I think that my mother always fancied herself a writer. Had her life taken a different turn, she might well have ended up carousing with painters and poets in smoky after-hours jazz clubs in Greenwich Village, instead of being stranded light years away in an artless little central Texas town. But Mom was a product of her times, and not the kind of woman to abandon her family for the bohemian life, no matter how much she might have longed for something else. She truly and deeply loved my father, sticking with him through thick and thin. In the early days, it was mostly thin, as Dad struggled to build the business while Mom stayed home and raised the kids.
Mom’s writing was confined to her letters, lengthy tomes that she regularly composed. She wrote with a fountain pen in an elegant script that frequently filled many pages on thin, translucent sheets of stationery, stuffed into bulging envelopes and mailed to her many friends in far-away Youngstown, Cleveland and the New York that she secretly longed for, at least in my fantasies.
She was also an avid reader. We never had many books in the house, but she loved her magazines. There were always copies of the latest Ladies Home Journal, The Saturday Evening Post, Redbook and Life and Look Magazines scattered around the house. Her body may have been marooned in Waco, but not her imagination. I’m convinced that those magazines were her portal to the wider world she could visit only by proxy in those lean years.
Even before I could read, I couldn’t wait until the newest Redbook arrived, because it frequently had a Dr. Seuss cartoon. I was entranced by the crazy drawings and by the silly rhymes, which Mom read to me over and over until I had them memorized.
But it was the Saturday Evening Post that had the two things I loved most: Norman Rockwell’s amazing covers, and the cartoons. The Dr. Seuss stories were wonderful, but it was the single-panel gag cartoons that intrigued me the most.
I spent hours poring over them, trying to deconstruct their magic. I often didn’t understand them. Deciphering cartoons usually requires a certain amount of cultural background knowledge, something in short supply at the tender age of eight. Fortunately for me, Dad loved the drawings as much as I did, and he never tired of helping me understand them. The easiest by far were the ones with puns.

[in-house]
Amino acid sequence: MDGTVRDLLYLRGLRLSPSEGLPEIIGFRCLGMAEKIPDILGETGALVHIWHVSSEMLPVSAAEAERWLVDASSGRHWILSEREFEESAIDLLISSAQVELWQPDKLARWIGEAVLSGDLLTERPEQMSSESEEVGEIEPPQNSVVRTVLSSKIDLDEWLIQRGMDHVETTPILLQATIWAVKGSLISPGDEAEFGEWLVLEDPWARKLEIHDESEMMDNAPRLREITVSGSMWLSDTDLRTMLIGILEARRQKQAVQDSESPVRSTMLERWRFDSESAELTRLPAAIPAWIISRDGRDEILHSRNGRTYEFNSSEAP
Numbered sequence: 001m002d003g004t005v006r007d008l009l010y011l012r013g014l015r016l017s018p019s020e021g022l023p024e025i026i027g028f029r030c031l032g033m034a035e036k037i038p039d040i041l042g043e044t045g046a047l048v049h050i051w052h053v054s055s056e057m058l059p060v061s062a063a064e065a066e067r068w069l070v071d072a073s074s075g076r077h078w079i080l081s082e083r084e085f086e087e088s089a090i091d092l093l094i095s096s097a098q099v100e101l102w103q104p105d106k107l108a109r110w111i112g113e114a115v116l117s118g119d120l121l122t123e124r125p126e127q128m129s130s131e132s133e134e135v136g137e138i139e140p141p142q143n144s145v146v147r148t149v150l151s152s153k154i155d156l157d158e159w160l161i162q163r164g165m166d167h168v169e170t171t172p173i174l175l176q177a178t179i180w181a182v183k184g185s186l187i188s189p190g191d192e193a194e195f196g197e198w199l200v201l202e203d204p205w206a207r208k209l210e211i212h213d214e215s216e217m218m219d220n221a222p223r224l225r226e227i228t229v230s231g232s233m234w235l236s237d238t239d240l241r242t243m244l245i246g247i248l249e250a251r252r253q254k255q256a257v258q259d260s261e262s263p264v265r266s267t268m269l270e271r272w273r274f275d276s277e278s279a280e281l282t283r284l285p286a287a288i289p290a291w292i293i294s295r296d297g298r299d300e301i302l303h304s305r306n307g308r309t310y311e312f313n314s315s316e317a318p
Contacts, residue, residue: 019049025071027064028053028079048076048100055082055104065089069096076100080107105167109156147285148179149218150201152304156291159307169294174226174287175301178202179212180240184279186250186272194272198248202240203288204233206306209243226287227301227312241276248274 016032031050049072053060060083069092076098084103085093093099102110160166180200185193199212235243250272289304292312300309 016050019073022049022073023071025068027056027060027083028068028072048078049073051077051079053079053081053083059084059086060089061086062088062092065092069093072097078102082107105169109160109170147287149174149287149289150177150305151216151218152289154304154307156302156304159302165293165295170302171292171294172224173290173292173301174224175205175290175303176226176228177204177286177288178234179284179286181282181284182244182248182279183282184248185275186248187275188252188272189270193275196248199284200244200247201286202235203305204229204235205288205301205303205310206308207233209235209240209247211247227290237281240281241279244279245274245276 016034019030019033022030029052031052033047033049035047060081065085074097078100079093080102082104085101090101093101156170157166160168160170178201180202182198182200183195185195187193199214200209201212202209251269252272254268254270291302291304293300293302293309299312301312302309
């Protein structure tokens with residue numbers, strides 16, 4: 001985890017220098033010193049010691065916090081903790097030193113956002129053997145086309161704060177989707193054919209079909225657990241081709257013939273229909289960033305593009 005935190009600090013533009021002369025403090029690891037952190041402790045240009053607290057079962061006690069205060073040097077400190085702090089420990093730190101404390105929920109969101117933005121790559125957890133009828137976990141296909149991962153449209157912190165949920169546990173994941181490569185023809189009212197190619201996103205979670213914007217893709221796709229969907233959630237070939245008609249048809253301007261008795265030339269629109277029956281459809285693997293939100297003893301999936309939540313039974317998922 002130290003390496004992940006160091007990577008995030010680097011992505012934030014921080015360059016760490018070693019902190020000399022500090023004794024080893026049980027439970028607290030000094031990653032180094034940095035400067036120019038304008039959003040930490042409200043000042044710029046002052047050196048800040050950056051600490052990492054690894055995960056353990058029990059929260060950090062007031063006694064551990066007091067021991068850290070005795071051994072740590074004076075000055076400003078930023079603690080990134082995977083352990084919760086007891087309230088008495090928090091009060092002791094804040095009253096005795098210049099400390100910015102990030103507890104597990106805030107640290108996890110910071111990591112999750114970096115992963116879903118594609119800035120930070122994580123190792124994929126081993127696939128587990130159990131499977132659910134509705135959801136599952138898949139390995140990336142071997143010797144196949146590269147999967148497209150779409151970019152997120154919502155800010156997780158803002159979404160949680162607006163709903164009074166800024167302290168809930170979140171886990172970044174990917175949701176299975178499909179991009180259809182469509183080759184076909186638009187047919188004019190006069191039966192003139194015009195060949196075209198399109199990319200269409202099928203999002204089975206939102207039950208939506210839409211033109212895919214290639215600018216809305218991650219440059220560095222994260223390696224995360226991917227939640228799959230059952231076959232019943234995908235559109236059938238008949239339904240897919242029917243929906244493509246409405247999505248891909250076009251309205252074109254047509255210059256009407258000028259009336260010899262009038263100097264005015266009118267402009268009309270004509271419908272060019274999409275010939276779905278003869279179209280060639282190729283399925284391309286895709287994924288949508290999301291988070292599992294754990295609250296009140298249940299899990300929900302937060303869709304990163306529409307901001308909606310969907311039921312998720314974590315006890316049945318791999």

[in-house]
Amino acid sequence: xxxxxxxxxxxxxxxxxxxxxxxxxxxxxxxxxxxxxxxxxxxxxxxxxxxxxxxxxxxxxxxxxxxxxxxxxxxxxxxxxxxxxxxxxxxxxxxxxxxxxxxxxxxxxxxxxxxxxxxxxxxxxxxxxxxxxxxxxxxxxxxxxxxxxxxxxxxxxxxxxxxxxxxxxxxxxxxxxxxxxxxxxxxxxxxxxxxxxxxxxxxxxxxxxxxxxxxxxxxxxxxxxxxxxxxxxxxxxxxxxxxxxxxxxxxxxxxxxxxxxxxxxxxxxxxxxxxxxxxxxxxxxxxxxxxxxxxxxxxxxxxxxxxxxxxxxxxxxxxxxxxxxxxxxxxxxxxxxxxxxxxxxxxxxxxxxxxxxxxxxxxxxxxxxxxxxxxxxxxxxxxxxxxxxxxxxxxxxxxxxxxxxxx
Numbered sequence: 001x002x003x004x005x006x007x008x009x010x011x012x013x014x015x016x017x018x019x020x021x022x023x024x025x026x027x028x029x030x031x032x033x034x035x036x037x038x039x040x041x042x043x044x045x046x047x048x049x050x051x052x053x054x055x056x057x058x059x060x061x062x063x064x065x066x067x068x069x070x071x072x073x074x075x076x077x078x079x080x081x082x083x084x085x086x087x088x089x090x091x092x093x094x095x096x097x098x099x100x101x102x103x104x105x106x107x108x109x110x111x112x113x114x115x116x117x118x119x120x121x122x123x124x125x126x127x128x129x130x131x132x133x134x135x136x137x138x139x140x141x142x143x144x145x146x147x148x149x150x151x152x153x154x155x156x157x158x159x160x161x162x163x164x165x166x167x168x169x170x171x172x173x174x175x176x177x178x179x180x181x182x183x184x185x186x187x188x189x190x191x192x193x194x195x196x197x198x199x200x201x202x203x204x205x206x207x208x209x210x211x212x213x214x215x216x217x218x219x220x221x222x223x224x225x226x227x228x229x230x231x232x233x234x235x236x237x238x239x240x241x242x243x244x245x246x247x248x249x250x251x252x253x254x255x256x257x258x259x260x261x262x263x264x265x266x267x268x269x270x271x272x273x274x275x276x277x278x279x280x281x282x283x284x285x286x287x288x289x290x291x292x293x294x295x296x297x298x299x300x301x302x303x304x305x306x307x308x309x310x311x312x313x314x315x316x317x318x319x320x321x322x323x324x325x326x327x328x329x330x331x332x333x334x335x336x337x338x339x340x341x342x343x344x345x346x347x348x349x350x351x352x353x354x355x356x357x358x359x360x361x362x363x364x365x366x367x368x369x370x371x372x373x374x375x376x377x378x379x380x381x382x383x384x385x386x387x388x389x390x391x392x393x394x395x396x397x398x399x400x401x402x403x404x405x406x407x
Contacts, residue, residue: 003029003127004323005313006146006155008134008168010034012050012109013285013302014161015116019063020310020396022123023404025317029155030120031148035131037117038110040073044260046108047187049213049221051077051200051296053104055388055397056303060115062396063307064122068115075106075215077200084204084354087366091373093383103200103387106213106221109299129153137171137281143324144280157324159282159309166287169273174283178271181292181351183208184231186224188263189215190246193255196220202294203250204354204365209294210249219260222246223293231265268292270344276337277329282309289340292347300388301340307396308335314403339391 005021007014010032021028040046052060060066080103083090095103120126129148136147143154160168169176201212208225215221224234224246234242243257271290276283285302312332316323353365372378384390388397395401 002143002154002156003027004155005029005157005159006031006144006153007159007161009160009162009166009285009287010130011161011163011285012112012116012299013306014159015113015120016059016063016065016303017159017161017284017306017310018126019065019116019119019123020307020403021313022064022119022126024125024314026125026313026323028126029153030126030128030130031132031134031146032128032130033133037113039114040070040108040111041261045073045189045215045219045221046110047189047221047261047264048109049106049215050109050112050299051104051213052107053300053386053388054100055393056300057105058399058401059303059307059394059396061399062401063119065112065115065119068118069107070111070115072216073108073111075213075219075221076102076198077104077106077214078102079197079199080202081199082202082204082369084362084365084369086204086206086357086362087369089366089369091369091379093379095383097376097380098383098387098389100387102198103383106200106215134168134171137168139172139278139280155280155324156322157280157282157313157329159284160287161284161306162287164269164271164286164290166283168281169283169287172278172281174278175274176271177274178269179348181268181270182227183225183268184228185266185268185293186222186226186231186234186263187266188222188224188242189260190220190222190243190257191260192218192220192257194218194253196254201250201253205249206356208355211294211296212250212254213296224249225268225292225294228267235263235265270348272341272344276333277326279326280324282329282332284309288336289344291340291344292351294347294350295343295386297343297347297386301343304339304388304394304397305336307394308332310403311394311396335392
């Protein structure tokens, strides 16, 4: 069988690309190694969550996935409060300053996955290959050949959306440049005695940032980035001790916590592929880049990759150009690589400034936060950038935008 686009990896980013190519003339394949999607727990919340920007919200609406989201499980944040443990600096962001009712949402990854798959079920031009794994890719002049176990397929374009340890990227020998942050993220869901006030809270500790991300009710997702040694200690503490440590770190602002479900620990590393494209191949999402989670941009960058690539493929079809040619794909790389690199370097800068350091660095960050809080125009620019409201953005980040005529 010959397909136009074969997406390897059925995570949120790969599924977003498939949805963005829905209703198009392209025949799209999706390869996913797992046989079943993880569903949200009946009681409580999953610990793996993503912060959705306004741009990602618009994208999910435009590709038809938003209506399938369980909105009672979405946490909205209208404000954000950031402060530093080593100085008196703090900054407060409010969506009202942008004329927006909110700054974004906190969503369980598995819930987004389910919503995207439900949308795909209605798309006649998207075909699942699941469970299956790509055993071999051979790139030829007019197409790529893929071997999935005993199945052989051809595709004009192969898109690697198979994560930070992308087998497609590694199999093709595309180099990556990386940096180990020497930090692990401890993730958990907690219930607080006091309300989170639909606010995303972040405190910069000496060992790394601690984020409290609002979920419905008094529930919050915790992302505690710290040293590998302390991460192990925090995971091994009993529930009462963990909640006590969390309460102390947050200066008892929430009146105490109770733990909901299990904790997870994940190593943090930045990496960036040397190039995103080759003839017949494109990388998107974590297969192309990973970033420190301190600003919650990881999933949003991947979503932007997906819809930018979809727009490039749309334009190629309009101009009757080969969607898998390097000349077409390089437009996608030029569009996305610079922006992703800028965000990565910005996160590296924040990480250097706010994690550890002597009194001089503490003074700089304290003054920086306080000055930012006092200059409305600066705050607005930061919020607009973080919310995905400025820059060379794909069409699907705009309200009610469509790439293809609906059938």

You didn’t need to know anything except the meaning of the words, so once you got the pun you got the cartoon.
It was in the third grade that I started drawing. Once I discovered that I could actually make a pencil do more or less what I wanted, that I could sometimes manage to pull off a reasonable likeness of something, I became a child obsessed. I drew constantly, and it seemed perfectly natural to try my hand at creating my own versions of the drawings I loved best. My first attempts at cartoons generally relied on the kinds of gags I understood, the sillier and more obvious the puns the better.
I was particularly proud of that one, which I thought quite hilarious. Dad agreed with me, even if Mom, much more sophisticated than Dad in her tastes, thought it was a bit of a groaner. Eventually I graduated from puns to pranks, like this one:
I thought it was quite clever of me to show off my knowledge of history by way of a satirical drawing. (In truth, it’s not a great intellectual leap from this early work to the editorial cartoons by which I made my living later, but that’s a story for another time).
Once I showed some promise as an artist, Mom and Dad both encouraged me to practice drawing as much as possible, not that I needed much of a push. I was more than happy to fill reams of paper. But they wanted me to take lessons and work toward developing my skills, not just play around with funny sketches and silly gags. Dad was especially insistent. He told me I had the talent and the brains to do something with my art, but if I was ever going to accomplish anything besides amusing myself, I needed discipline and training.
What a bore Dad was turning out to be.
Go to SCHOOL to draw? Learn how to use the tools, develop proper technique? Come ON, Dad! Didn’t that defeat the entire purpose, wouldn’t that take all the joy out of letting the pencil run free? Drawing should be FUN, not work, especially cartoons. How could a cartoon be both funny AND labored? Dad just didn’t get it. I mean, look at the ones in the magazines. Just a few simple, elegant lines and a caption below. They looked like they practically drew themselves.
Honestly, how hard could it be?